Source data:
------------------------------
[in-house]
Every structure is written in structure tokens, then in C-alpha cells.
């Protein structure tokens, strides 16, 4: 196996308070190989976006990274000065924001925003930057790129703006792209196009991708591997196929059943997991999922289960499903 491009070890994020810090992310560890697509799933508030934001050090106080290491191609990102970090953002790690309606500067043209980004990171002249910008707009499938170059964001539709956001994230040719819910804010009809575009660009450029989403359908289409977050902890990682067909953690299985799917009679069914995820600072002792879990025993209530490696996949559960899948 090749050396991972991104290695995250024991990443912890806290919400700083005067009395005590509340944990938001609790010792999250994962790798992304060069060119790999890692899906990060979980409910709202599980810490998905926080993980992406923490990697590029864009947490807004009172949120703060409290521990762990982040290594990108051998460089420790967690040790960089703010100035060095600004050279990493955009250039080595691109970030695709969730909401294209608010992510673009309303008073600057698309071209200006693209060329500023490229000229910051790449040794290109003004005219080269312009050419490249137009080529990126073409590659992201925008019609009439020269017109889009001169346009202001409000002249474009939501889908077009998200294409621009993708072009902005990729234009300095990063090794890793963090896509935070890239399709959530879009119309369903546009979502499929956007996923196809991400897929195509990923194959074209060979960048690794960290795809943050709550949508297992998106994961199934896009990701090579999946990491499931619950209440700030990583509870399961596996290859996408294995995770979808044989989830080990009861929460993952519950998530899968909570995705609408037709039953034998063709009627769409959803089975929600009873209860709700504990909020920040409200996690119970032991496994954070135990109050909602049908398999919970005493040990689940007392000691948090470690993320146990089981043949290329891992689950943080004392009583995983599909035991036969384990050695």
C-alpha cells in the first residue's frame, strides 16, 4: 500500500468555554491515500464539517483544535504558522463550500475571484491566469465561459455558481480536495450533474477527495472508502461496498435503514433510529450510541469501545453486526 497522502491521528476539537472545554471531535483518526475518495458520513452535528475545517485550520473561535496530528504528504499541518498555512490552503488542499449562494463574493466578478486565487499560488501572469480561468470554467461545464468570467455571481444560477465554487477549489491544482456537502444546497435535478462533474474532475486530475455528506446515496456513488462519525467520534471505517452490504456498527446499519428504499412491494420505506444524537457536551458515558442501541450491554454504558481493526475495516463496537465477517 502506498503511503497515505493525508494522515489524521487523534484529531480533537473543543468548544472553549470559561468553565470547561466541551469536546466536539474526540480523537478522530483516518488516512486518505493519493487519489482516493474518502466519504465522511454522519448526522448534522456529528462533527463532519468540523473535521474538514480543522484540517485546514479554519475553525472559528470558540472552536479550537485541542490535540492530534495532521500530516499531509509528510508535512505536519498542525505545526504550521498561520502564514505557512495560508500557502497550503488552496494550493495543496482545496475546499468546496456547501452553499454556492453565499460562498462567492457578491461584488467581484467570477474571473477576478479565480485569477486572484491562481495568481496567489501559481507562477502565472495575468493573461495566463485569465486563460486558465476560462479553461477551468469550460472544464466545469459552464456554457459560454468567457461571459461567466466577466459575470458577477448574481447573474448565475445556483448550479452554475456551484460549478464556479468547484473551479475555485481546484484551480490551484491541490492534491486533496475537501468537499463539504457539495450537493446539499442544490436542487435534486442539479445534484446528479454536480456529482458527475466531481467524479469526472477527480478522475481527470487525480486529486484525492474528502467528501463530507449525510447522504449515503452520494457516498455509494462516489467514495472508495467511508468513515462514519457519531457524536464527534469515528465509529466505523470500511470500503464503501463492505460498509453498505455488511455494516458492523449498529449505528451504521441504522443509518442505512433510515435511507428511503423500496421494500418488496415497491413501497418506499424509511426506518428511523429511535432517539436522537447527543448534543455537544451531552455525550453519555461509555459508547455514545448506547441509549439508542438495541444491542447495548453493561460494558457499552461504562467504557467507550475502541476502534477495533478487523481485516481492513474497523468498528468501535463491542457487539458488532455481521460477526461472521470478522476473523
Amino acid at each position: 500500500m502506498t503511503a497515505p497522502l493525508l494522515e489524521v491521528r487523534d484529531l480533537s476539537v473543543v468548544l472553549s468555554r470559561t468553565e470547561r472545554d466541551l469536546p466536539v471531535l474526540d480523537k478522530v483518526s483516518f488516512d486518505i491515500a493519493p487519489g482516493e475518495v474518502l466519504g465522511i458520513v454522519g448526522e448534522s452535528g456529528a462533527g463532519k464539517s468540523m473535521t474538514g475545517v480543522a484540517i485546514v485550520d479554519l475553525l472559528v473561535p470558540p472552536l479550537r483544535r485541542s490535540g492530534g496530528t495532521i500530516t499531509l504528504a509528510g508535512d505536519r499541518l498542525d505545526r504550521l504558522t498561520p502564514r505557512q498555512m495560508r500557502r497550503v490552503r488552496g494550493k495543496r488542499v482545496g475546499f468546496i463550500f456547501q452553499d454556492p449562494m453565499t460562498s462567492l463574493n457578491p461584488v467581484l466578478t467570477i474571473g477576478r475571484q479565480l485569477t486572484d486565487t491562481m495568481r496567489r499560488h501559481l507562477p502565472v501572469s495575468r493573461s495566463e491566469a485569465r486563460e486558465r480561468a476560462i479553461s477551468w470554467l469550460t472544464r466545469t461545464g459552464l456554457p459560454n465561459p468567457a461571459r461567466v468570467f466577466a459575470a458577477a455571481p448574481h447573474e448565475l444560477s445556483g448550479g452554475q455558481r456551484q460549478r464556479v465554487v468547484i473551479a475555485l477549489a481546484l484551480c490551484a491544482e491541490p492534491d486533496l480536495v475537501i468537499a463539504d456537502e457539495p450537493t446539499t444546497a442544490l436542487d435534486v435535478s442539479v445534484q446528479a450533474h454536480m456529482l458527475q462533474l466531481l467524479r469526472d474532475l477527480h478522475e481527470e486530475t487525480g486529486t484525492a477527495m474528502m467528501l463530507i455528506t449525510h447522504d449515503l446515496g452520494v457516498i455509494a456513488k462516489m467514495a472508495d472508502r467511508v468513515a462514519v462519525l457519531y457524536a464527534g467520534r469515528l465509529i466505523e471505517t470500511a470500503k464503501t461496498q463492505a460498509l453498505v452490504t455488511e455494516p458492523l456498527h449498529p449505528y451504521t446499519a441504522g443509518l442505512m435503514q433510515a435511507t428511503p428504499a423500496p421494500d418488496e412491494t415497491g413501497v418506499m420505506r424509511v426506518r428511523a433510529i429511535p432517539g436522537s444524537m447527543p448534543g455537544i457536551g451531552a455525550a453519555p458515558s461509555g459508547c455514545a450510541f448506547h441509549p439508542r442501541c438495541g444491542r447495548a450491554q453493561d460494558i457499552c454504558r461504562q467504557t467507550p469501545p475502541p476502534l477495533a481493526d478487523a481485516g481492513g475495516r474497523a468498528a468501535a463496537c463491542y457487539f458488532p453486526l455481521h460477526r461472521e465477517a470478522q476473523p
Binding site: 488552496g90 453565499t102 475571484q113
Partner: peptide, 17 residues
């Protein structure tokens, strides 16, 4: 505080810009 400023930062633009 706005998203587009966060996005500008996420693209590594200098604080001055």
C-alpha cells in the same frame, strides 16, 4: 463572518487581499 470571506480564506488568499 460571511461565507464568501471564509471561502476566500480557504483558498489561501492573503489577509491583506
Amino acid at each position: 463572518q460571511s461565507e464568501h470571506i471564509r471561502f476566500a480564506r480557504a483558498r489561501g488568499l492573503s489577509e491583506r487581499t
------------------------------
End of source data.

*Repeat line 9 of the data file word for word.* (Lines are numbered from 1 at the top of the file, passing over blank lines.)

C-alpha cells in the same frame, strides 16, 4: 463572518487581499 470571506480564506488568499 460571511461565507464568501471564509471561502476566500480557504483558498489561501492573503489577509491583506